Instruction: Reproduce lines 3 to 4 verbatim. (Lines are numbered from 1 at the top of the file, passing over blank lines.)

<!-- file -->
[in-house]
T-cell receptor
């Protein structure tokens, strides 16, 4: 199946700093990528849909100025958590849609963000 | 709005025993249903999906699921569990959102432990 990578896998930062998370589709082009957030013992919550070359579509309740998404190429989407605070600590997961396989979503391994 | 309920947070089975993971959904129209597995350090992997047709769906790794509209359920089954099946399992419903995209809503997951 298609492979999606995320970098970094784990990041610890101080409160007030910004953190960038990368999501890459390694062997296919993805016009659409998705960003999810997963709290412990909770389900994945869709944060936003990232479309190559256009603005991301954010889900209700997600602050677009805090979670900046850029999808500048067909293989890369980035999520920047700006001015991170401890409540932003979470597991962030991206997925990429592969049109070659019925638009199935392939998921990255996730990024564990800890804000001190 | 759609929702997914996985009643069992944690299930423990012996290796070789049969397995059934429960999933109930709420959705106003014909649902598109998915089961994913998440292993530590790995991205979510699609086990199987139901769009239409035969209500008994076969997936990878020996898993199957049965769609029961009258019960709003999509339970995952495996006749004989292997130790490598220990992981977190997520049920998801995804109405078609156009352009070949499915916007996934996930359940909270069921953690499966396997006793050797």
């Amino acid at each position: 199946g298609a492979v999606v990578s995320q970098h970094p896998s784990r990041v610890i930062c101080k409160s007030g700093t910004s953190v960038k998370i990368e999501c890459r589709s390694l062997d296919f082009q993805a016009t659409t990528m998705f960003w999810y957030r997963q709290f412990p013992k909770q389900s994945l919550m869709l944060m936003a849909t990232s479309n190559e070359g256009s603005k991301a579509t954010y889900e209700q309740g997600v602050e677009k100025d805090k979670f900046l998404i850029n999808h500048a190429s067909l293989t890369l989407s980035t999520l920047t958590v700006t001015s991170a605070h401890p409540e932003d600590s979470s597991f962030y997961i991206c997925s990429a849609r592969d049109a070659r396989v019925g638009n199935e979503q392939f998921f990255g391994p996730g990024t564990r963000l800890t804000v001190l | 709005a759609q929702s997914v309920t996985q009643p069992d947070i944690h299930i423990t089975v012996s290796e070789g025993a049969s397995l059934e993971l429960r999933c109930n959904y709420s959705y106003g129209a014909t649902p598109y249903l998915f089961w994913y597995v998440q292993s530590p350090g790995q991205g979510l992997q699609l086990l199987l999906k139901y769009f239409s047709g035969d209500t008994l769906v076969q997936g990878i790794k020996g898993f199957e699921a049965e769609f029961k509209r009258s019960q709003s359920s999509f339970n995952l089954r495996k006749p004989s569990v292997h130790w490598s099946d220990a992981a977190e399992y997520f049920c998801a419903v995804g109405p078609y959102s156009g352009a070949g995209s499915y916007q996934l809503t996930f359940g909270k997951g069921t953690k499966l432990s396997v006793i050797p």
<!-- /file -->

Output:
């Protein structure tokens, strides 16, 4: 199946700093990528849909100025958590849609963000 | 709005025993249903999906699921569990959102432990 990578896998930062998370589709082009957030013992919550070359579509309740998404190429989407605070600590997961396989979503391994 | 309920947070089975993971959904129209597995350090992997047709769906790794509209359920089954099946399992419903995209809503997951 298609492979999606995320970098970094784990990041610890101080409160007030910004953190960038990368999501890459390694062997296919993805016009659409998705960003999810997963709290412990909770389900994945869709944060936003990232479309190559256009603005991301954010889900209700997600602050677009805090979670900046850029999808500048067909293989890369980035999520920047700006001015991170401890409540932003979470597991962030991206997925990429592969049109070659019925638009199935392939998921990255996730990024564990800890804000001190 | 759609929702997914996985009643069992944690299930423990012996290796070789049969397995059934429960999933109930709420959705106003014909649902598109998915089961994913998440292993530590790995991205979510699609086990199987139901769009239409035969209500008994076969997936990878020996898993199957049965769609029961009258019960709003999509339970995952495996006749004989292997130790490598220990992981977190997520049920998801995804109405078609156009352009070949499915916007996934996930359940909270069921953690499966396997006793050797």
């Amino acid at each position: 199946g298609a492979v999606v990578s995320q970098h970094p896998s784990r990041v610890i930062c101080k409160s007030g700093t910004s953190v960038k998370i990368e999501c890459r589709s390694l062997d296919f082009q993805a016009t659409t990528m998705f960003w999810y957030r997963q709290f412990p013992k909770q389900s994945l919550m869709l944060m936003a849909t990232s479309n190559e070359g256009s603005k991301a579509t954010y889900e209700q309740g997600v602050e677009k100025d805090k979670f900046l998404i850029n999808h500048a190429s067909l293989t890369l989407s980035t999520l920047t958590v700006t001015s991170a605070h401890p409540e932003d600590s979470s597991f962030y997961i991206c997925s990429a849609r592969d049109a070659r396989v019925g638009n199935e979503q392939f998921f990255g391994p996730g990024t564990r963000l800890t804000v001190l | 709005a759609q929702s997914v309920t996985q009643p069992d947070i944690h299930i423990t089975v012996s290796e070789g025993a049969s397995l059934e993971l429960r999933c109930n959904y709420s959705y106003g129209a014909t649902p598109y249903l998915f089961w994913y597995v998440q292993s530590p350090g790995q991205g979510l992997q699609l086990l199987l999906k139901y769009f239409s047709g035969d209500t008994l769906v076969q997936g990878i790794k020996g898993f199957e699921a049965e769609f029961k509209r009258s019960q709003s359920s999509f339970n995952l089954r495996k006749p004989s569990v292997h130790w490598s099946d220990a992981a977190e399992y997520f049920c998801a419903v995804g109405p078609y959102s156009g352009a070949g995209s499915y916007q996934l809503t996930f359940g909270k997951g069921t953690k499966l432990s396997v006793i050797p």